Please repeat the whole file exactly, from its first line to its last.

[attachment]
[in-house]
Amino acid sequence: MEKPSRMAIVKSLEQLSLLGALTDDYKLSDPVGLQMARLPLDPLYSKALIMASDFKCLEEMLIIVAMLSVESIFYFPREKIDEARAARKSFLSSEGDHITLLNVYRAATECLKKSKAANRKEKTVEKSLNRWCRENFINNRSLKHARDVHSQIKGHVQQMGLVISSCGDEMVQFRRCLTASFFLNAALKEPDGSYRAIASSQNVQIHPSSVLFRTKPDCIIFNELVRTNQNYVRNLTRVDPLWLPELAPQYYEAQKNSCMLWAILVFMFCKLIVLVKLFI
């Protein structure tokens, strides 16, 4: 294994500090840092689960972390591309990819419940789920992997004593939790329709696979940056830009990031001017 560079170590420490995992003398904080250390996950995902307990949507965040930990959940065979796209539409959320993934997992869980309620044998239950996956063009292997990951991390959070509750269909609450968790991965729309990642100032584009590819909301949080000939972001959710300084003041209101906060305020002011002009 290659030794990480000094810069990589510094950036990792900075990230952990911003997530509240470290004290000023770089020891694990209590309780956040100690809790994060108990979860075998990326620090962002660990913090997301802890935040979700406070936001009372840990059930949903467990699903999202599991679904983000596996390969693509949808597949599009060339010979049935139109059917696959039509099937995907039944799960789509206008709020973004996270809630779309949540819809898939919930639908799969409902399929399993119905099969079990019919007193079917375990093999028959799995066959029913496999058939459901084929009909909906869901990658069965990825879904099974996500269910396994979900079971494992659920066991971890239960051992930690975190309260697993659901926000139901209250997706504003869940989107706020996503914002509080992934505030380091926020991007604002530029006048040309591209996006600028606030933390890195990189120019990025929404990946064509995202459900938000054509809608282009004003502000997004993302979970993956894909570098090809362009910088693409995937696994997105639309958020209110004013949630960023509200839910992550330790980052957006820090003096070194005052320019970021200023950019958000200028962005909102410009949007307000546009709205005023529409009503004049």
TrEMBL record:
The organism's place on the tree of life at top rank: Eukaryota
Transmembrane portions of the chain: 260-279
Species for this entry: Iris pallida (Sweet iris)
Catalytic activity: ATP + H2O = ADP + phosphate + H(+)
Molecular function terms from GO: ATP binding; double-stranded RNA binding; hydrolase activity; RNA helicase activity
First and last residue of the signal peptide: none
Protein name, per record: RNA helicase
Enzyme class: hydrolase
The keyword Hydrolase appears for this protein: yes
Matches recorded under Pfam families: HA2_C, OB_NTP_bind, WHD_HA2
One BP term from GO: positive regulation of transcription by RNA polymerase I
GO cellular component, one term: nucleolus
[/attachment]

[in-house]
Amino acid sequence: MEKPSRMAIVKSLEQLSLLGALTDDYKLSDPVGLQMARLPLDPLYSKALIMASDFKCLEEMLIIVAMLSVESIFYFPREKIDEARAARKSFLSSEGDHITLLNVYRAATECLKKSKAANRKEKTVEKSLNRWCRENFINNRSLKHARDVHSQIKGHVQQMGLVISSCGDEMVQFRRCLTASFFLNAALKEPDGSYRAIASSQNVQIHPSSVLFRTKPDCIIFNELVRTNQNYVRNLTRVDPLWLPELAPQYYEAQKNSCMLWAILVFMFCKLIVLVKLFI
């Protein structure tokens, strides 16, 4: 294994500090840092689960972390591309990819419940789920992997004593939790329709696979940056830009990031001017 560079170590420490995992003398904080250390996950995902307990949507965040930990959940065979796209539409959320993934997992869980309620044998239950996956063009292997990951991390959070509750269909609450968790991965729309990642100032584009590819909301949080000939972001959710300084003041209101906060305020002011002009 290659030794990480000094810069990589510094950036990792900075990230952990911003997530509240470290004290000023770089020891694990209590309780956040100690809790994060108990979860075998990326620090962002660990913090997301802890935040979700406070936001009372840990059930949903467990699903999202599991679904983000596996390969693509949808597949599009060339010979049935139109059917696959039509099937995907039944799960789509206008709020973004996270809630779309949540819809898939919930639908799969409902399929399993119905099969079990019919007193079917375990093999028959799995066959029913496999058939459901084929009909909906869901990658069965990825879904099974996500269910396994979900079971494992659920066991971890239960051992930690975190309260697993659901926000139901209250997706504003869940989107706020996503914002509080992934505030380091926020991007604002530029006048040309591209996006600028606030933390890195990189120019990025929404990946064509995202459900938000054509809608282009004003502000997004993302979970993956894909570098090809362009910088693409995937696994997105639309958020209110004013949630960023509200839910992550330790980052957006820090003096070194005052320019970021200023950019958000200028962005909102410009949007307000546009709205005023529409009503004049």
TrEMBL record:
The organism's place on the tree of life at top rank: Eukaryota
Transmembrane portions of the chain: 260-279
Species for this entry: Iris pallida (Sweet iris)
Catalytic activity: ATP + H2O = ADP + phosphate + H(+)
Molecular function terms from GO: ATP binding; double-stranded RNA binding; hydrolase activity; RNA helicase activity
First and last residue of the signal peptide: none
Protein name, per record: RNA helicase
Enzyme class: hydrolase
The keyword Hydrolase appears for this protein: yes
Matches recorded under Pfam families: HA2_C, OB_NTP_bind, WHD_HA2
One BP term from GO: positive regulation of transcription by RNA polymerase I
GO cellular component, one term: nucleolus